### Other Definitions of Main Lobe Width

Our simple definition of main-lobe band-width (distance between
zero-crossings) works pretty well for windows in the Blackman-Harris
family, which includes the first six entries in Table 5.1.
(See §3.3 for more about the Blackman-Harris window
family.) However, some windows have *smooth* transforms, such as
the Hann-Poisson (Fig.3.21), or infinite-duration
Gaussian window (§3.11). In particular, the true Gaussian
window has a Gaussian Fourier transform, and therefore *no zero
crossings at all* in either the time or frequency domains. In such
cases, the main-lobe width is often defined using the second central
moment.^{6.5}

A practical *engineering* definition of main-lobe width is
*the minimum distance about the center such that the
window-transform magnitude does not exceed the specified side-lobe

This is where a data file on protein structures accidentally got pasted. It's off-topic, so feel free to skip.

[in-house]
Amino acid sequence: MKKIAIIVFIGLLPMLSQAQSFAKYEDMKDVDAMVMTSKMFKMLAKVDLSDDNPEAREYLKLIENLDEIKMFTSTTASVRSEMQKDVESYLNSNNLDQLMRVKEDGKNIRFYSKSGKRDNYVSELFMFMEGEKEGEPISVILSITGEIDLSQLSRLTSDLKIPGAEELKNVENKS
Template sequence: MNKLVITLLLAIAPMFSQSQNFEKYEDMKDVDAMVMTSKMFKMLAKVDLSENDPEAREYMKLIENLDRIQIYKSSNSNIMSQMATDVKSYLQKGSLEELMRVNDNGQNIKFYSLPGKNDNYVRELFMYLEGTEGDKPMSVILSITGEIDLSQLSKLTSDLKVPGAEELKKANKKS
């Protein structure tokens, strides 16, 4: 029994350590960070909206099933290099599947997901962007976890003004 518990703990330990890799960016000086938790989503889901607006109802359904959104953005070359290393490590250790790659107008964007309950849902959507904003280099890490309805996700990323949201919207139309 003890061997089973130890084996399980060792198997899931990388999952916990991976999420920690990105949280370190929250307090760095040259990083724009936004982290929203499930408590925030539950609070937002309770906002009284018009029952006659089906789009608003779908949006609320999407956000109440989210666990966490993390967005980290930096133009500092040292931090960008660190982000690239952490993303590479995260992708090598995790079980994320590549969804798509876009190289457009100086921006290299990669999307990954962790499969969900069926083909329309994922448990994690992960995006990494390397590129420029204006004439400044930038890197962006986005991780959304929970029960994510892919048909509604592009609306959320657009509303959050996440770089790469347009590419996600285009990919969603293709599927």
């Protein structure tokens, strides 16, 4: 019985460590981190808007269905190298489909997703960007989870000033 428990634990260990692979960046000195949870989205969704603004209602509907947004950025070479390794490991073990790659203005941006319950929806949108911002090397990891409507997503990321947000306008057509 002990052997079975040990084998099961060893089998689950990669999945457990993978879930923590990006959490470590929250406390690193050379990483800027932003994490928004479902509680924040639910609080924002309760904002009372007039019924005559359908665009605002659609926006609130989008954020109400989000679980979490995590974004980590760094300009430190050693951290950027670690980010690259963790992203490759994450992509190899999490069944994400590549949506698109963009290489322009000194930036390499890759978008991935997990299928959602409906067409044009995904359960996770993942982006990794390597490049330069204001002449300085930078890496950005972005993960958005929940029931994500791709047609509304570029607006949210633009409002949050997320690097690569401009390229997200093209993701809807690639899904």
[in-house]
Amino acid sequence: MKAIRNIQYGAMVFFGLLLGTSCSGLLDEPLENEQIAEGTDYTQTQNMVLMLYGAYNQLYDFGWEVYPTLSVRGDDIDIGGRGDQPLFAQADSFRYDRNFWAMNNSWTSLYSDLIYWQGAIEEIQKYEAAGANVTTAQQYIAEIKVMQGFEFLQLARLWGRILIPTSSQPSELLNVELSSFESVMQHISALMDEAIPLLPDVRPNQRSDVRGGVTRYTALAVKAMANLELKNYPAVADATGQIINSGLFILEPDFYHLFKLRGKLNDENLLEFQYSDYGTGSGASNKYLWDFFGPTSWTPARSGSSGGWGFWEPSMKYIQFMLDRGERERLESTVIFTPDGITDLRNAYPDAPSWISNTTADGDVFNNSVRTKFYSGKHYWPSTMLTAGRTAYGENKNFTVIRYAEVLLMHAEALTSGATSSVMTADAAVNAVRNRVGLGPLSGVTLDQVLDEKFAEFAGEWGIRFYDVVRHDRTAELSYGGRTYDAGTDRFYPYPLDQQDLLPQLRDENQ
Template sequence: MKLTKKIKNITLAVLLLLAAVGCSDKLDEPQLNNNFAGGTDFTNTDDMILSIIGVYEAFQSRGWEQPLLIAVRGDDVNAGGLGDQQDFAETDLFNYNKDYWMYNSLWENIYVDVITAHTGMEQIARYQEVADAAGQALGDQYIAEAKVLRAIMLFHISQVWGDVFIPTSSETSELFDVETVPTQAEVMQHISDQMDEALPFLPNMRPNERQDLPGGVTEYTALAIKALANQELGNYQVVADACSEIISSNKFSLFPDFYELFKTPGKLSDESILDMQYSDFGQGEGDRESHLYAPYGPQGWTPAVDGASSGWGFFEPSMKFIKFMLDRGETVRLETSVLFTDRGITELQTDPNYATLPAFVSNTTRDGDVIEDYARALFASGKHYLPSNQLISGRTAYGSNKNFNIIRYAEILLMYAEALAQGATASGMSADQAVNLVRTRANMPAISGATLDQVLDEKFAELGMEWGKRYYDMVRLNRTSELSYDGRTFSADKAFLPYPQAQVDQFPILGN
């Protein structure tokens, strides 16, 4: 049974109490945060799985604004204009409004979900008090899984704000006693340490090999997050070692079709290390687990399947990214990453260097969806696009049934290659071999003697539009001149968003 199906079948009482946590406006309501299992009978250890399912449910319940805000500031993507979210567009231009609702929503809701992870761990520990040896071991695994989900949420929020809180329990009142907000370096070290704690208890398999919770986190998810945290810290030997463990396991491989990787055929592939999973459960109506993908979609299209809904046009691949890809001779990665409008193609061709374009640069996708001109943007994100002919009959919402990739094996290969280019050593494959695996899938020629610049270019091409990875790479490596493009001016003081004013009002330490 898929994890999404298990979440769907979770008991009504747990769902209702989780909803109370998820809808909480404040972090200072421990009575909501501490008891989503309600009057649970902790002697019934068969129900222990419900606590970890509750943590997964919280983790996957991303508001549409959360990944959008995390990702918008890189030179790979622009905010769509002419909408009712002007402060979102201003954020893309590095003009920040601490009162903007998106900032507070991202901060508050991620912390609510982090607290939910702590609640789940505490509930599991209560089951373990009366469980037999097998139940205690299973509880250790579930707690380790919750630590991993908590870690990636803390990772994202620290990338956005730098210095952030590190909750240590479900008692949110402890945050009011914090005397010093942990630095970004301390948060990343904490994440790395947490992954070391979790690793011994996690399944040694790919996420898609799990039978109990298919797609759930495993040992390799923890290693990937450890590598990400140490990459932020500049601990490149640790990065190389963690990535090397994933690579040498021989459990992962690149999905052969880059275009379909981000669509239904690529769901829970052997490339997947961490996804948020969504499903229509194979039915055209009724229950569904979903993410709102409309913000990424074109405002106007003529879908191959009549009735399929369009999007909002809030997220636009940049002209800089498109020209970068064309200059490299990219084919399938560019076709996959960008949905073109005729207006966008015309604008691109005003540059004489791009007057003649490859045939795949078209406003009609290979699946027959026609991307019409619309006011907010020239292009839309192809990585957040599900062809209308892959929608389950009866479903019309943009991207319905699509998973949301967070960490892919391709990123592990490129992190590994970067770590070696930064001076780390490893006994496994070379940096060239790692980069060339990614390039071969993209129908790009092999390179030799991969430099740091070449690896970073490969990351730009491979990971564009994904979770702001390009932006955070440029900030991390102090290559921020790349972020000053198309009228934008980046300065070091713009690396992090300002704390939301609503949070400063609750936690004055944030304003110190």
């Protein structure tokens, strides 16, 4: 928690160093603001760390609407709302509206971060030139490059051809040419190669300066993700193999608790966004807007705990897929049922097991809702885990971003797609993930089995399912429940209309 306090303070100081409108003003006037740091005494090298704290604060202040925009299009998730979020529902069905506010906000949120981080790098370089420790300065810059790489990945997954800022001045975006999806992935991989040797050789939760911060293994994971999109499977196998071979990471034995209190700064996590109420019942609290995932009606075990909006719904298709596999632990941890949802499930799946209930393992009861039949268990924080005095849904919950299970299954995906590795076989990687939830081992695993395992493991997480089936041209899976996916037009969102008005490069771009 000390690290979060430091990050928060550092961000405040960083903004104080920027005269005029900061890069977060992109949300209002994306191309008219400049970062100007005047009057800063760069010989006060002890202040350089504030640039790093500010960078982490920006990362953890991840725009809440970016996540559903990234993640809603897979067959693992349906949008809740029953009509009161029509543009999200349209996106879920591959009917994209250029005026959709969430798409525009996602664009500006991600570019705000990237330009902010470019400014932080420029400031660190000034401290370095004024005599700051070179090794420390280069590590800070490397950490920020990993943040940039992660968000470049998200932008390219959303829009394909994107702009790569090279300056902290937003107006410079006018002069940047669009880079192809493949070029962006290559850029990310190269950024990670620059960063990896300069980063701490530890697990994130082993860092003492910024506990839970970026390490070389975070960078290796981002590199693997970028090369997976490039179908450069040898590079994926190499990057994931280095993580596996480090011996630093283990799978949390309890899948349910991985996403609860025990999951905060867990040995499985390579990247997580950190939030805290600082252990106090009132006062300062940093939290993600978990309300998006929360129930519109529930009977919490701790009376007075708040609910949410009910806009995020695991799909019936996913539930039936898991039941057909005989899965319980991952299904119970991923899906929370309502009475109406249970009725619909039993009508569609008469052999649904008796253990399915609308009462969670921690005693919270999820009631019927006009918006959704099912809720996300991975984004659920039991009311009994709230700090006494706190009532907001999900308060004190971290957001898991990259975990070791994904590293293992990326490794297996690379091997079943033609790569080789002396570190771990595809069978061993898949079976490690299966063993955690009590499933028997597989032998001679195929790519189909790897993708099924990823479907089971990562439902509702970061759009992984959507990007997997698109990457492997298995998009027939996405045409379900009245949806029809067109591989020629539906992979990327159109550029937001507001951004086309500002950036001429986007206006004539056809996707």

level anywhere outside this interval*.
Such a definition always gives a smaller main-lobe width than does a
definition based on zero crossings.

In filter-design terminology, regarding the window as an FIR filter
and its transform as a *lowpass-filter frequency response*
[263], as depicted in Fig.5.11, we can say
that the side lobes are everything in the *stop band*, while the
main lobe is everything in the *pass band* plus the
*transition band* of the frequency response. The *pass
band* may be defined as some small interval about the midpoint of the
main lobe. The wider the interval chosen, the larger the ``ripple'' in
the pass band. The pass band can even be regarded as having zero
width, in which case the main lobe consists entirely of transition
band. This formulation is quite useful when designing customized
windows by means of FIR filter design software, such as in Matlab or
Octave (see §4.5.1, §4.10, and
§3.13).

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Simple Sufficient Condition for Peak Resolution

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Frequency Resolution